By GMHA (@gmhousingaction)
In this time of crisis we demand radical action across the housing sector.
Throughout our region a fifth of the population are living in the private rented sector (PRS), with the figure closer to 30% in Manchester. In light of the COVID-19 outbreak, many people will be off sick and/or experiencing reduced income or working hours.
Statutory sick pay will not be enough to cover rents in many cases. The average rent in Manchester — using 2018 figures — is £775 per month. A month of statutory sick pay is £377. This amount — amongst the lowest in Europe, covering around 20% of average income — would not cover average rents in any of the boroughs in Greater Manchester.
Indeed, research by the BBC shows that £377 - the entire monthly sick pay amount - would only cover rent for a one-bedroom property in 15% of the UK. This means that people living in the PRS are likely at risk of eviction, should the outbreak continue. It is vital that the security and safety of tenants is not dependent on their landlords goodwill.
The community union ACORN have issued a set of demands on the national government, including emergency rent freezes for renters with the virus or self-isolating, an emergency freeze on all section 21 and section 8 evictions and a moratorium on any evictions of housing associations and council tenants. We back this call and urge all to sign their petition here.
We also must acknowledge that there is a severe public health risk connected to the conditions in the PRS. Damp, mould and poor insulation will inhibit the recovery of anybody self-isolating. The public health impact of retrofitting has been well documented.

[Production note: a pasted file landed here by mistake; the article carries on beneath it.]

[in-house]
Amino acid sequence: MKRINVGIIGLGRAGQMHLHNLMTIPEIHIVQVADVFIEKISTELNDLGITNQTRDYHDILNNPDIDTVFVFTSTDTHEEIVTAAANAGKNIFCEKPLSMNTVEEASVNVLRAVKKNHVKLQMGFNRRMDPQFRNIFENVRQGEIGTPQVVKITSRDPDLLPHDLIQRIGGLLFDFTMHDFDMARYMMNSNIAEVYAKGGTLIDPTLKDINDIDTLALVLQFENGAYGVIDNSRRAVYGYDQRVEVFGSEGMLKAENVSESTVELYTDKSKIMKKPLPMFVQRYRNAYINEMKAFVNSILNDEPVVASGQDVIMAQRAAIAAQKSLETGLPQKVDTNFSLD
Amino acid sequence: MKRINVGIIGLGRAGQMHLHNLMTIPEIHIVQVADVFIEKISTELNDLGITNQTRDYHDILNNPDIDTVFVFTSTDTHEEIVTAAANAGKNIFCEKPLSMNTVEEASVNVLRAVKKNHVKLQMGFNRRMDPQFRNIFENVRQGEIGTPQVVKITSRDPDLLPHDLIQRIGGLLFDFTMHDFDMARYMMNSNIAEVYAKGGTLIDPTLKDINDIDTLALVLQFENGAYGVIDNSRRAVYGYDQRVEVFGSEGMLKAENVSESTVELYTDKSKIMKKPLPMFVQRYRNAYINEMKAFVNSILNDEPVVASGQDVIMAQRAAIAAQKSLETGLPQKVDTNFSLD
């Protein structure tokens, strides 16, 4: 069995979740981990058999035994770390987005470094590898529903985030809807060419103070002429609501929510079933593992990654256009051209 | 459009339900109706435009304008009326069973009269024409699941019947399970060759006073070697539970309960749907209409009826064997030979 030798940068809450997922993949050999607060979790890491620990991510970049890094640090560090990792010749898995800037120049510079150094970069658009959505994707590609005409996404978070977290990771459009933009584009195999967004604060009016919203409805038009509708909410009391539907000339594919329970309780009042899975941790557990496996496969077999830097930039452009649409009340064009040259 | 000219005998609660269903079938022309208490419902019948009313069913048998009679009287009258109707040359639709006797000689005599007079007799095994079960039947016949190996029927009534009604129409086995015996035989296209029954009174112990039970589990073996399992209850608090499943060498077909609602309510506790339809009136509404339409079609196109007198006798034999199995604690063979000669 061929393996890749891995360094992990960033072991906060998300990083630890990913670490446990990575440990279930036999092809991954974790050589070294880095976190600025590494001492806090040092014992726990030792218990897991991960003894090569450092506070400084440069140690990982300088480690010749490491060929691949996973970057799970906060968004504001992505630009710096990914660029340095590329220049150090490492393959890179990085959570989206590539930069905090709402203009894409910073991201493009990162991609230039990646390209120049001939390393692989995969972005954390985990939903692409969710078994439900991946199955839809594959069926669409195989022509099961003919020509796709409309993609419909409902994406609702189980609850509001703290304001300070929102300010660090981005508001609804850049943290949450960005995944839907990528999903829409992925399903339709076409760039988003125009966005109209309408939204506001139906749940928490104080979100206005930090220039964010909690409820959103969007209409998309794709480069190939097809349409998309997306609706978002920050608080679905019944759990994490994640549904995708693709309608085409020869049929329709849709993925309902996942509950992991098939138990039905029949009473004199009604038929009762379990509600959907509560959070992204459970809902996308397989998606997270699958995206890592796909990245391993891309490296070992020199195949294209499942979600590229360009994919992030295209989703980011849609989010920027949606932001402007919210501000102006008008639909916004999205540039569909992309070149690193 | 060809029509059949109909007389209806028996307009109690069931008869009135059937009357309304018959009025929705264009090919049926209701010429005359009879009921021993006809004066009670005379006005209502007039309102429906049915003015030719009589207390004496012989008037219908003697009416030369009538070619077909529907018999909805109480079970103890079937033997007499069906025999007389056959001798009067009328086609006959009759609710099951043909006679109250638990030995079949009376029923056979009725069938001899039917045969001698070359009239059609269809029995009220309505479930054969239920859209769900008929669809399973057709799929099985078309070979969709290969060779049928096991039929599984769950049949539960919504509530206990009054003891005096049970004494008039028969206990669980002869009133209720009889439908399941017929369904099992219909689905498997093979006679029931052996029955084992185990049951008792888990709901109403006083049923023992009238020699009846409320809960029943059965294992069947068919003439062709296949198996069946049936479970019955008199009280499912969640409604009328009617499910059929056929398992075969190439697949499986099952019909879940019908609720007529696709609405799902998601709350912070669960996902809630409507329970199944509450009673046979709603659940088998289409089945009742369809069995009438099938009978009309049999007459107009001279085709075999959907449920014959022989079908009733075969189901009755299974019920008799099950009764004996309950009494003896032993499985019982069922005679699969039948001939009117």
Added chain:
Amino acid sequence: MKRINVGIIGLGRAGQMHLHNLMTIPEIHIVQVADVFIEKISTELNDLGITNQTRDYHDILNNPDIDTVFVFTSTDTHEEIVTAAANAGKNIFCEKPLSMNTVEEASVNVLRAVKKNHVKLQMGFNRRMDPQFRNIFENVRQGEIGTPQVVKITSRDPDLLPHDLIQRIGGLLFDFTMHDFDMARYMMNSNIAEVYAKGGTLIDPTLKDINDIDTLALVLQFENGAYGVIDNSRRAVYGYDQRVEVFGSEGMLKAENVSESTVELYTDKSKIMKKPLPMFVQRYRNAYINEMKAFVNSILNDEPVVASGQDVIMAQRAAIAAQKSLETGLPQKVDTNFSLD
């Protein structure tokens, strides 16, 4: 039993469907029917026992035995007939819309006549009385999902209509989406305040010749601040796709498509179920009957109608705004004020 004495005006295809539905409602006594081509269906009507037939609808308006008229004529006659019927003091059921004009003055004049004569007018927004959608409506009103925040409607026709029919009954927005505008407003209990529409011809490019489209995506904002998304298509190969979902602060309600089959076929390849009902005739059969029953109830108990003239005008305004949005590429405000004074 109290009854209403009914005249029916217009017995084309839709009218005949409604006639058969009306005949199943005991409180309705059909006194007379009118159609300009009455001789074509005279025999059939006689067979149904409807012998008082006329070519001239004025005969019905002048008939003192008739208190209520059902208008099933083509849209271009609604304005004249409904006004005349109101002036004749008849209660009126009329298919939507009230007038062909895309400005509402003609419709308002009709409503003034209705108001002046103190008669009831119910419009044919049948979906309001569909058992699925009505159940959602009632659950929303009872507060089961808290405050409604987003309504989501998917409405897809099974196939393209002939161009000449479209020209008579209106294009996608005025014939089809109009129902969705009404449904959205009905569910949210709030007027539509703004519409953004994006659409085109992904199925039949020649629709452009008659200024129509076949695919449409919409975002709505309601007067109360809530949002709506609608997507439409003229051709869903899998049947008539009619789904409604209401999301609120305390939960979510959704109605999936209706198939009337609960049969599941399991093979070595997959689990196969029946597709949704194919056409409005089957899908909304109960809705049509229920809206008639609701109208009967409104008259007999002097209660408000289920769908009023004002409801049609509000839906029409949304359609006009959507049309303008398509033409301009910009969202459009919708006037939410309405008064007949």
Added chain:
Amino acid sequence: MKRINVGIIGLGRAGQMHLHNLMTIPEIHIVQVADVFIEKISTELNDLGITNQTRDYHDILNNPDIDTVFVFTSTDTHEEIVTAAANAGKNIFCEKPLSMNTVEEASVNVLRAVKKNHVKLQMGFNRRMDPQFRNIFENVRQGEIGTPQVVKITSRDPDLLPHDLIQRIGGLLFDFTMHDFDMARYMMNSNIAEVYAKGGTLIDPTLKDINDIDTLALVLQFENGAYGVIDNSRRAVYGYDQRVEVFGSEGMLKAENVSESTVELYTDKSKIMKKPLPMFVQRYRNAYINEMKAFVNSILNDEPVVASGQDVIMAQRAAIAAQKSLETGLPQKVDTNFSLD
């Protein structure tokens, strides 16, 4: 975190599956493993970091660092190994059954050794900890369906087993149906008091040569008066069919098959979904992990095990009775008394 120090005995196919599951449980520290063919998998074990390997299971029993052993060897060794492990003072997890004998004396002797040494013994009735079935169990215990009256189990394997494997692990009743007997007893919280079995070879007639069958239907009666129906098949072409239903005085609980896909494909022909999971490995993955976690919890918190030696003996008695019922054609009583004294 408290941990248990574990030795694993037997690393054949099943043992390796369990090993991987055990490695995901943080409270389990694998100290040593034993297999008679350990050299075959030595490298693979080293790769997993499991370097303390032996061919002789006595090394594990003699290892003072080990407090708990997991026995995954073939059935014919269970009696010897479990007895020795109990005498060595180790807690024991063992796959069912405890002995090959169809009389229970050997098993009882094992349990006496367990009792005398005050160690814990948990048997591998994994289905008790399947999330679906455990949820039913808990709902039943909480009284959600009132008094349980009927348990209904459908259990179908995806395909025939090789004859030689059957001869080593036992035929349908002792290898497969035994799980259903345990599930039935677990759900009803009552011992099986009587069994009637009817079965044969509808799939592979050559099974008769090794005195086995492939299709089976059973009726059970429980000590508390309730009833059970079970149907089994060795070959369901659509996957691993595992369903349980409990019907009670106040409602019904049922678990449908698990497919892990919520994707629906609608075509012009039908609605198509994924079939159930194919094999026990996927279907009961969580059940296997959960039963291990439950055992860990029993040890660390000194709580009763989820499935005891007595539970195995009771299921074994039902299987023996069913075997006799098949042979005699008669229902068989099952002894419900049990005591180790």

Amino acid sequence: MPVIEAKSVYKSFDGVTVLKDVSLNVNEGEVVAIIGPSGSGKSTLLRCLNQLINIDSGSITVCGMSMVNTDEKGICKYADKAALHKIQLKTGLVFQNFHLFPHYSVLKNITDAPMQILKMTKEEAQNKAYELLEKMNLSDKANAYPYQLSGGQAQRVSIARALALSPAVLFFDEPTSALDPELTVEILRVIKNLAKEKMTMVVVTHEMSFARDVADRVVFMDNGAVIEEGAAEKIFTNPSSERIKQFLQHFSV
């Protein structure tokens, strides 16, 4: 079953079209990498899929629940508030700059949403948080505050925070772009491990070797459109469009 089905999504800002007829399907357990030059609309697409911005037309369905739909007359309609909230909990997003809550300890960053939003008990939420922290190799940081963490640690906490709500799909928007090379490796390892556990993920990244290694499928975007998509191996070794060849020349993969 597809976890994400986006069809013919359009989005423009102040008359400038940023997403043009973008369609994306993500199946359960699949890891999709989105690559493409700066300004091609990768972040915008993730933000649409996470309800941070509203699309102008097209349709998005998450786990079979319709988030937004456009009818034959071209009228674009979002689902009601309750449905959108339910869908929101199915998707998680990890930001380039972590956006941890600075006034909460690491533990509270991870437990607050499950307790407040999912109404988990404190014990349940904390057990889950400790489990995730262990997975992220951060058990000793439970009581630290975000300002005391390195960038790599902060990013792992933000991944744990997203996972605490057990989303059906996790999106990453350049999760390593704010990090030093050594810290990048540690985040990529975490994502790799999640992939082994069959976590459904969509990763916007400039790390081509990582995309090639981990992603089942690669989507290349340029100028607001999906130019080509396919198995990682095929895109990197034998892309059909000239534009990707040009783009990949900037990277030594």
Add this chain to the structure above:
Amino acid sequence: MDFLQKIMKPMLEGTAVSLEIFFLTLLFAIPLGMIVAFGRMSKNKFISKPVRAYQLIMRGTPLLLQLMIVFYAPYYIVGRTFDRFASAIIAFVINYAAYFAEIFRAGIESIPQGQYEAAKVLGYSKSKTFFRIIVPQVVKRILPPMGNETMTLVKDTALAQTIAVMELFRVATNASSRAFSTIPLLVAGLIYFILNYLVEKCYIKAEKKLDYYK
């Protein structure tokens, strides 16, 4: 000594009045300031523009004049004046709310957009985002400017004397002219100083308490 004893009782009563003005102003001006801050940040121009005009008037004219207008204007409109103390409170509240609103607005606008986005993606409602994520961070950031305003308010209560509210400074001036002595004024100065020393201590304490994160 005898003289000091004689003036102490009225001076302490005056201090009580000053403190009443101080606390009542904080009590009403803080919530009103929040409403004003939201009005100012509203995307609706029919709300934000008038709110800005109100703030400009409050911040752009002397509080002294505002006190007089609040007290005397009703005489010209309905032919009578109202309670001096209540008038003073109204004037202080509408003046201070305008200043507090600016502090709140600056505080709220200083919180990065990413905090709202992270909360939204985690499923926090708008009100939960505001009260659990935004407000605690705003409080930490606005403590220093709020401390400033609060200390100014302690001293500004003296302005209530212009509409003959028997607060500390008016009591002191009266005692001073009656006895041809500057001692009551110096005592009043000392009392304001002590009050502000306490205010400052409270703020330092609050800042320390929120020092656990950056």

Homes in the UK are notoriously poor quality, and those renting in the UK lack the protection afforded to many tenants in Europe. The spread of this virus will both exacerbate and be exacerbated by many of these issues.
In light of this, GMHA therefore calls immediately for:
- The implementation of ACORN’s demands;
- A waiver on utility bills in the broadest sense: gas, water, and electricity, alongside phone contracts and broadband, with the suspension of download limits and speed caps - as AT&T have done in the US. Immediate measures must be taken to ensure those on pay-as-you-go meters are not forced to go without vital services;
- A freezing of rental payments, and freedom for tenants to break out of fixed-term tenancies early, should they need to care for family members or friends living elsewhere;
- Statutory sick pay is dangerously low. Members of the House of Lords may claim up to £313 a day; statutory sick pay is £377 a month. SSP should be increased to 80% of average earnings, matching best practice internationally;
- At the local level, and notwithstanding any further powers which are to be vested with local government, we call for the activation of Severe Weather Emergency Protocol measures, which allows exceptional steps to be taken to provide accommodation for the homeless of our region, without the usual restrictions on access, e.g. ‘no recourse to public funds’. Whilst this is an impromptu step, it is entirely necessary;
- Further to this, given a likely downturn in the bookings at the city’s hotels, we call on the council to look into using SWEP powers requisition these empty rooms to house the homeless, as well as anyone currently living in unfit accommodation.
- Finally, we call on the council to issue a moratorium on all squat evictions.
This crisis is set to have a profound impact on a society already damaged by years of austerity. In the coming weeks and months we need to be there for one another and develop mutual aid across our communities. Emergency measures will be taken, and we call for those outlined above to be part of these steps. When we move past it, we need to ensure that our society does not go back, basing prosperity for some on the precarity of so many more.
The motto of the City of Salford is ‘The welfare of the people is the highest law’. This must act as a guiding principle for all the machinery of local government across our region over the coming weeks and months. Private profit in housing must not be put above public need, either in this crisis or in its aftermath.
14 March 2020